Second, the outcome was defined as the proportion of days under OS therapy (as indicated in the pharmacy records) in the observation period. The research hypothesis was that if statins have an anti-inflammatory effect, statin users will have on average fewer days of OS therapy than non-users. Patients in the unexposed group were censored if they initiated statins during the observation period. As a quick tool to compare the proportion of days under OS therapy in the observation period in the two exposure groups, we used a paired Wilcoxon test. As this test does not allow for adjustment of covariates, we then used regression modelling for count data. As we expected that a number of patients would have received no OS therapy during their follow up, possibly due to contra-indication, the zero inflated negative binomial model was used to account for the outcome variable having an excess of zeros [21]. This model assumes that the data come from a mixture of two processes. In our setting, the first is whether or not a patient receives OS therapy. The second, if they received OS, how many days they are prescribed (0,1,2), etc.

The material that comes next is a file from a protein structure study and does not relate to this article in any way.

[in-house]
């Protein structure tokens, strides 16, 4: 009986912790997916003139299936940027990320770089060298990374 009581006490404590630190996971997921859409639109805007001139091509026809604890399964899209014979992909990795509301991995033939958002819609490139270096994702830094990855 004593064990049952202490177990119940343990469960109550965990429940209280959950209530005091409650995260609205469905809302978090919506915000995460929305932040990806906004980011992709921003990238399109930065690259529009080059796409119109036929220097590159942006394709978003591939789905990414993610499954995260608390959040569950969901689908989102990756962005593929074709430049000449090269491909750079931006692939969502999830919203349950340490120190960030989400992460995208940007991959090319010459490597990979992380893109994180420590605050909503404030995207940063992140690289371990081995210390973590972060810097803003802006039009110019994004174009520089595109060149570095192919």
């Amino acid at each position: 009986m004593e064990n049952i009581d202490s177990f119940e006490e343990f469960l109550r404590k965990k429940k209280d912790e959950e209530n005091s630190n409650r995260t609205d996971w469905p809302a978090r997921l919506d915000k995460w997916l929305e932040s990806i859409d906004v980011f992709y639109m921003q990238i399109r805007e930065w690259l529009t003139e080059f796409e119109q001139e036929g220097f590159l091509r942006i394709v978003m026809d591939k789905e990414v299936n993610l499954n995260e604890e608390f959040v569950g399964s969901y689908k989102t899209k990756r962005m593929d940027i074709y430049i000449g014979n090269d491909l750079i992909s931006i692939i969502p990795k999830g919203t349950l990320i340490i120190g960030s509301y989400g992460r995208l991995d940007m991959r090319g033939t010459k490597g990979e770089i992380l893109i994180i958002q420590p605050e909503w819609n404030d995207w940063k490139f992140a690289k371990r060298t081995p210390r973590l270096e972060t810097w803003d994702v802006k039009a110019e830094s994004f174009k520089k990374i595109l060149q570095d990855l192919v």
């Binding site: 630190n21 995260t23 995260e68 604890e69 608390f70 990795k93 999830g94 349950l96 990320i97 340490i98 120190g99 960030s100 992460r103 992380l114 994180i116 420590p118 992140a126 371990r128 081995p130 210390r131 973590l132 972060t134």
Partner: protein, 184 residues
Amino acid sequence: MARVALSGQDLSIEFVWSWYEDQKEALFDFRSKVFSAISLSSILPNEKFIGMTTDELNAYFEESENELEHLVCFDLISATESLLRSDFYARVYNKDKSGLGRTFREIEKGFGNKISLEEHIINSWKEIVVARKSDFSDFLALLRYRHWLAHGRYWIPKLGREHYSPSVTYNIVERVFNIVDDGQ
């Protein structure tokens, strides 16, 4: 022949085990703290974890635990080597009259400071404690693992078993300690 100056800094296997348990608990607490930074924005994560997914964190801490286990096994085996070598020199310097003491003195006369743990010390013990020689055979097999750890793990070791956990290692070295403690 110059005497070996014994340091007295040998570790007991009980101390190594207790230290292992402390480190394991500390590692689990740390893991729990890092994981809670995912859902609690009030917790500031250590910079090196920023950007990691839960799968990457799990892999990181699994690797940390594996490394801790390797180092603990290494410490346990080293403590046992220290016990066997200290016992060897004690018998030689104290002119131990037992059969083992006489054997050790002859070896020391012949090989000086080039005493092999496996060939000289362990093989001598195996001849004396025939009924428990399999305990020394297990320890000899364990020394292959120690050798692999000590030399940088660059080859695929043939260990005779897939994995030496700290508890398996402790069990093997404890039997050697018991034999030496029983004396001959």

The model was adjusted for prescription of medications before the index date (disease modifying anti-rheumatic drugs [DMARDs], non steroidal anti-inflammatory drugs [NSAIDs], digoxin, potassium sparing diuretic, loop diuretic, thiazides, heparin, beta blockers, angiotensin II inhibitors, ACE inhibitors, clopidogrel bisulfate, warfarin, anti-diabetics, insulin and oral steroids) and morbidities before the index date (cardiovascular disease, diabetes mellitus, chronic obstructive pulmonary disease [COPD], asthma, peptic ulcer disease and osteoarthritis). In order to select a more parsimonious model, for the binary part of the model we selected the covariates which resulted in a p-value less than 0.1 from a multivariable logistic regression. For the negative binomial component, we used the covariates which resulted in a p-value less than 0.1 from a multivariable negative binomial model. We included an offset [i.e., loge(length of patient follow-up)] to allow for the length of follow-up time spent on OS therapy.